Typical cellular data use in NS

  1. Hi, everyone!

    Question!

    I'm planning on taking the HESI test in January for nursing school, and I'm thinking of buying a new smartphone for nursing school. I don't have one right now, hence my question on here (for those who are used to everyone having a smartphone).

    I'm thinking of dumping money on a new smartphone, apple watch for clinical (I guess vital machines can all pair up to each Apple watch simultaneously), Ipad Pro for anatomy 3D, power points, etc and mobile wifi for my house (since I'm not paying for the apartments weekly wifi anymore since it's per device).

    I'm wondering if my data will all go onto one plan or if they'll have separate plans. Maybe someone who has what I'd like to buy that I listed above could provide some insight.

    And when you guys are at home studying, how much internet do you think you use without surfing on social media? Verizon has unlimited plans but throttles back after 22 GB.

    T-mobile's plans look attractive because they throttle back after 50 GB now (as of Sept 19th).

    T-mobile seems like the better, cheaper deal than Verizon, but Verizon, I guess, has the best coverage. I don't want outages or service interruptions.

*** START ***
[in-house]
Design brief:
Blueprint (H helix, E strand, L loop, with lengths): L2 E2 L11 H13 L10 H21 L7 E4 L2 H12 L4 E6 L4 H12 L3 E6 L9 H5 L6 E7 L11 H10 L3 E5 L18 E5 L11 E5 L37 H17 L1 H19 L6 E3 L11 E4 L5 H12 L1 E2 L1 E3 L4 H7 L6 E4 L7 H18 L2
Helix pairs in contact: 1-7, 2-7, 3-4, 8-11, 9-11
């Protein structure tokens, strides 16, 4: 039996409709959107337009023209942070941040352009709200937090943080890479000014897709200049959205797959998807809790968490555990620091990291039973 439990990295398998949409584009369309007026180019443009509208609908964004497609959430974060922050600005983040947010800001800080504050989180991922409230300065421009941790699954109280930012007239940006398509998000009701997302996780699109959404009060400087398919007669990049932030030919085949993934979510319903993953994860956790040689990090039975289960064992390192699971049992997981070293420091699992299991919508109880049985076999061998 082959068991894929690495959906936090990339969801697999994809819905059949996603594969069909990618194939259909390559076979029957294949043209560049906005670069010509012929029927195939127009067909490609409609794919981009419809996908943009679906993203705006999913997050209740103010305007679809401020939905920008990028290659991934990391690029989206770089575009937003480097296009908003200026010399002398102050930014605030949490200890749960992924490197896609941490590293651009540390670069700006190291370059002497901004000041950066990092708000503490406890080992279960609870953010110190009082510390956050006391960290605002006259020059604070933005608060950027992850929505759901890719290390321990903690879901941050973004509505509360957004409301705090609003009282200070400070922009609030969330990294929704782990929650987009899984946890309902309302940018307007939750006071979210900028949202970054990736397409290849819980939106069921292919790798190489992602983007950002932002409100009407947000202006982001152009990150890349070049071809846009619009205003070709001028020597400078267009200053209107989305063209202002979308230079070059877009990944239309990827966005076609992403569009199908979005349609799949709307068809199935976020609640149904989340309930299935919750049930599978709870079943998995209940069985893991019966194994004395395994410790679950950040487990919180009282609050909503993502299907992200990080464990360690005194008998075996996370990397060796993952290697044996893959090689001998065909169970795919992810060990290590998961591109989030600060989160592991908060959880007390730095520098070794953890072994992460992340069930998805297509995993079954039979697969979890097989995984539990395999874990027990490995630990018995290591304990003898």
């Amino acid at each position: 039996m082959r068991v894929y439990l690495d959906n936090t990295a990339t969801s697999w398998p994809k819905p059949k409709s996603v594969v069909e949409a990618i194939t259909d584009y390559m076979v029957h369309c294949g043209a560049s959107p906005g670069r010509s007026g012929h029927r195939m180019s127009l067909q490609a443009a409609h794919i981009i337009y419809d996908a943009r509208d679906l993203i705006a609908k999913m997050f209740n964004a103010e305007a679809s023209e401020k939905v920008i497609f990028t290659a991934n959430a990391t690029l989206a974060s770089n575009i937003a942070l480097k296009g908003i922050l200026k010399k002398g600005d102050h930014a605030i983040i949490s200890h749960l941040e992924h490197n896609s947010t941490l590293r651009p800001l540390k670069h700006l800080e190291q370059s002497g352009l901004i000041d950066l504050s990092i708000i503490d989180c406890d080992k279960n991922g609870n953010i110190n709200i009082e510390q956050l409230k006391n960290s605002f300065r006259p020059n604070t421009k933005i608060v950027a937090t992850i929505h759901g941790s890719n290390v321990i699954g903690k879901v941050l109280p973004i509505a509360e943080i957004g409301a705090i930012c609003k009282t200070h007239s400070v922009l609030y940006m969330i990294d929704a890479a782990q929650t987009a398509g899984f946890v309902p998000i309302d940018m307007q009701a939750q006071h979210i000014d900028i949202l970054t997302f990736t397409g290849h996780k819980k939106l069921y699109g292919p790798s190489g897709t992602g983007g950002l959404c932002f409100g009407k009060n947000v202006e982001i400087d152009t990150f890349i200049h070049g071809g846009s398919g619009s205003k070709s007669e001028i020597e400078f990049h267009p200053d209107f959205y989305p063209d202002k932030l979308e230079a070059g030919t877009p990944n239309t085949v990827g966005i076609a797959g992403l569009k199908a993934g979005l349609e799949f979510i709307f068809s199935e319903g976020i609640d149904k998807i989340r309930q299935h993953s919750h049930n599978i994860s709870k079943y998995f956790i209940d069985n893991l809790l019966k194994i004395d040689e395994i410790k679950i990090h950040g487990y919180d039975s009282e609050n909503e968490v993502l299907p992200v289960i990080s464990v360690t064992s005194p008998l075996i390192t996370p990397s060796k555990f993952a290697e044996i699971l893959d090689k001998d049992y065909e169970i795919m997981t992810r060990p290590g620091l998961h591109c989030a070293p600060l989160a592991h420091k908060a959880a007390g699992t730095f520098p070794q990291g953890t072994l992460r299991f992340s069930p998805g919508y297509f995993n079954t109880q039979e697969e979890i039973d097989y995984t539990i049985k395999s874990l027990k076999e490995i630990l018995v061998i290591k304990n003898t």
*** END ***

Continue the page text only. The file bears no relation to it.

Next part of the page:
Any advice?

    P.S. Regarding the Apple Watch thing, I recently passed the nutrition course requirement for nursing school. In the course, we got to do an extra credit thing where we got to play as a patient and the student was evaluated by the instructor and he had to ask me things. Whatever he didn't ask me, I wasn't supposed to ask or answer. My patient, I played as was a young high school kid needing a sports physical. It was 45-minutes physical. The student who performed the physical on me had an Apple watch. Fast forwarding to a guy I know who is in the program, he too has an apple watch. I don't know who told these guys that it was a great deal, but rewinding back to the sports physical thing, I asked the instructor why they have them and I think she said it's because some facilities have monitors that all can communicate to an Apple watch device (maybe even a smartphone?). That's why I want to buy an Apple watch. I guess it makes the workload easier to handle rather than going around to each individual machine.
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  2. 29 Comments

  3. by   That Guy
    22gb is not a lot if you are using cellular as your sole means of data. I have a cable internet and easily push 800gb a month through it, but that is with Netflix, gaming, etc etc. That being said, my mobile plan only has 2gb because I rarely use my phone in places that doesn't have wifi. I like Verizon, they have the best coverage but their prices and tactics are less than to be desired. TMo is certainly climbing the ranks and is not a bad choice.
  4. by   JKL33
    I would never ever ever have any patient data communicate/sync to any personal device of mine. Ever. If that becomes the next big thing, the facility can make devices available.
  5. by   blondy2061h
    I have an Apple Watch. I like it a lot. I've never heard of patient monitors linking to it. Even if that functionality exists through some platform, you can bet that your average hospital will not have it. Even if by chance you end up in the one hospital in the US that does have that functionality, you can bet that they won't open it up to nursing students. Our vital signs machines don't even link to the EMR.
  6. by   Calalilynurse